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The Queer Macbeth, The Black Cap

William Shakespeare
Directed and choreographed by Simon Jay

Pros: Delightful dance numbers, the gender swapping makes for a radical retelling of a classic, all proceeds to Terrence Higgins Trust.

Cons: Some shaky performances and, I thought, a flawed premise.

Our Verdict: Queer Macbeth has its heart in the right place and its proceeds go to a good cause. Unfortunately, uneven acting and the inherent problems involved in injecting comedy into a dark tragedy created a muddled production.

Courtesy of Stagepunk Theatre

The Black Cap, a gay pub in Camden, with its glittery stage backdrop and red velvet curtain, is an unexpected setting for the dark and terrifying Macbeth. Indeed, Stagepunk Theatre presents the Scottish play as you’ve never seen it before: almost all of the characters have been gender flipped, and the production incorporates musical numbers lip sung to Lady Gaga and Madonna, among others. Furthermore, the whole play has been abridged to a mere 70 minutes, partly achieved by combining the characters of Macduff and Malcolm. The production shows influences of pantomime, with Lady Macbeth and Lady Malcolm played like Dames, characters regularly breaking the fourth wall, and the use of pop music. The original lines from Shakespeare, however, have been left intact. Entry to the play is by donation and all proceeds go to Terrence Higgins Trust, an HIV and sexual health charity.

I fear this production’s premise may have been flawed from the start. The inherent tragedy of Shakespeare’s original play struggles to wear the comic interpretation that Stagepunk are imposing. The production jolts between moments of broad comedy and moments of intense seriousness, where the dark tragedy that Shakespeare intended suddenly hijacks the production. The result is a muddled and confusing vision. To create the wacky comic version of Macbeth that, Stagepunk intended would, in my opinion, require a brand new script.

I think that the way the gender flipping was executed contributed to the play’s unevenness. Let me first say that, in principle I’m all for gender blind casting. The conceit is surely an exciting challenge for both actors and actresses, enables women to take on meaty and complex roles formerly reserved for men, and allows the audience to see familiar material in a fresh way. However, I felt that in this production, the gender flipping applied a double standard. As I mentioned, Lady Macbeth and Lady Malcolm (Simon Jay and Arron Ferguson, respectively) were played for laughs. Indeed, Simon Jay, who also directed the play, is a scene stealer as Lady Macbeth. Yet the women, on the whole, played the traditionally male roles with dramatic seriousness. For example, Malcom (Kate Maxwell) weeping at the death of his wife and child felt very real, but utterly out of place in the zany production. I found myself wondering, why is it that men moving into traditionally-female territory is inherently comic, but women moving into traditionally-male territory is so often an opportunity for gravitas? There is a larger sociological pattern here that has nothing to do with Stagepunk.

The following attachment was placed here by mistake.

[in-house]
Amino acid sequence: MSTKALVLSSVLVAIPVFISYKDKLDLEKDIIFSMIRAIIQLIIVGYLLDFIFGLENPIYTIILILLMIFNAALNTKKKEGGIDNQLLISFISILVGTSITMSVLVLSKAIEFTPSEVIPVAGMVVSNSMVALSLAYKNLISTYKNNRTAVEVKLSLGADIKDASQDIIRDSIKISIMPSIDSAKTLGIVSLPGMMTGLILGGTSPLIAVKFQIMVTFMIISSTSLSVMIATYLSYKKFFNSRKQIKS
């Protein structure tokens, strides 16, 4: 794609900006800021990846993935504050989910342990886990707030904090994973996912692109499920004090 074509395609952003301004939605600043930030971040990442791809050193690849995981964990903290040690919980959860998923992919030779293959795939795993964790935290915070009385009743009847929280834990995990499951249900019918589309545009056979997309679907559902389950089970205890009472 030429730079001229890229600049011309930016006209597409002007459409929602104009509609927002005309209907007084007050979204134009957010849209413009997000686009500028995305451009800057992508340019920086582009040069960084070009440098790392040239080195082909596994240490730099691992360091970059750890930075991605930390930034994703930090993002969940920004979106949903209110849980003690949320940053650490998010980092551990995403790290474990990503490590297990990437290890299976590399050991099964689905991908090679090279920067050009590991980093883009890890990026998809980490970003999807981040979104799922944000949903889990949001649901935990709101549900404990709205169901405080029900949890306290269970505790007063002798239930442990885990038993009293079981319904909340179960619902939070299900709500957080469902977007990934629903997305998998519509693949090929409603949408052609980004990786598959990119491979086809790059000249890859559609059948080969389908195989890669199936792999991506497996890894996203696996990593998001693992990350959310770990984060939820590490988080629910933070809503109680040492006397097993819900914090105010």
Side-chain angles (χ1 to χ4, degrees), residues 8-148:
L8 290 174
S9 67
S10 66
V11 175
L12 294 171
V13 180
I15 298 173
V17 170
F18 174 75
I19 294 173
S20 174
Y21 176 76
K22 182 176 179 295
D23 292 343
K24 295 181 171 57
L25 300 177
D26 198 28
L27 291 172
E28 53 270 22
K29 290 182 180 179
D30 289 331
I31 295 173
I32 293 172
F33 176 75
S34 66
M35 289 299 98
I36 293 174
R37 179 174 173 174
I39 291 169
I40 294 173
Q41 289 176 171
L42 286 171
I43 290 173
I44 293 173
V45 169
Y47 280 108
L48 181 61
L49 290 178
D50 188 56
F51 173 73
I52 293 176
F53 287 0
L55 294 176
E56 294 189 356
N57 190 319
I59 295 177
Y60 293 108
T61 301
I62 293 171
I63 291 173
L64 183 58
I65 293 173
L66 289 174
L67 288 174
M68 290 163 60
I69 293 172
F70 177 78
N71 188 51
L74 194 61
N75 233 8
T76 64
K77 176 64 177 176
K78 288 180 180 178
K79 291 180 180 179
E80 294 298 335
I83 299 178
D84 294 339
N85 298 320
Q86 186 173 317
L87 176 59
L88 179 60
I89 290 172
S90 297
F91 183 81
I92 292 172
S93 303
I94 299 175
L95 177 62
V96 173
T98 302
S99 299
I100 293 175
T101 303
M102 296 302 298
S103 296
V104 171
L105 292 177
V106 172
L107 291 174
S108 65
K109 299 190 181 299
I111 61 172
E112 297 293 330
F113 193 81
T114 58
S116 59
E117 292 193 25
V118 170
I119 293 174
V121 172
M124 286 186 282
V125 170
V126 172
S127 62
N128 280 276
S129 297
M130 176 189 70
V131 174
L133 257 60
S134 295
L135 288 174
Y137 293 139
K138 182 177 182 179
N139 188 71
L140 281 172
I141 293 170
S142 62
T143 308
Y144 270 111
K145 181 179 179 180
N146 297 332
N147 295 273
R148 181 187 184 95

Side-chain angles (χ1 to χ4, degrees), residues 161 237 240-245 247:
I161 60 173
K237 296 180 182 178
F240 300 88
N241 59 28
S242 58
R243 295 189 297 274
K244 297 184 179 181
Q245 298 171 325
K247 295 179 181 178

Queer Macbeth did feature some clever staging ideas. I found the portrayal of the three witches (Matt Reynolds, Arron Ferguson and João Batista de Figueiredo) as sputtering and vaguely epileptic both original and freaky. For the appearance of Banquo’s ghost, the actress (Caitlin Evans) held an iPad in front of her face, which displayed wonderful and disturbing original animations by Paul Harrison. And although I found the musical numbers an odd fit, the choreography is excellent and the cast are, without exception, excellent dancers. But I wish the actors had concentrated more on the basics, their words and characterizations, as their performances were often shaky. The actress playing Macbeth (Sam Shaw) was overcome with a fit of giggles. Lady Macbeth seized the opportunity to garner the biggest laugh of the evening when he ad-libbed (and I’m paraphrasing) ‘My Lord, you’re ill. You keep having these laughing fits’.

Queer Macbeth is for a good cause, but I fear that, despite how radical it is, this production is still afflicted with the Scottish play’s legendary curse.

Please feel free to leave your thoughts and opinions in the comments section below!

Queer Macbeth has finished its run at Black Cap theatre. For more information on on Stagepunk Theatre visit http://stagepunk.tumblr.com/ and for more information on Terrence Higgins Trust visit http://www.tht.org.uk/.

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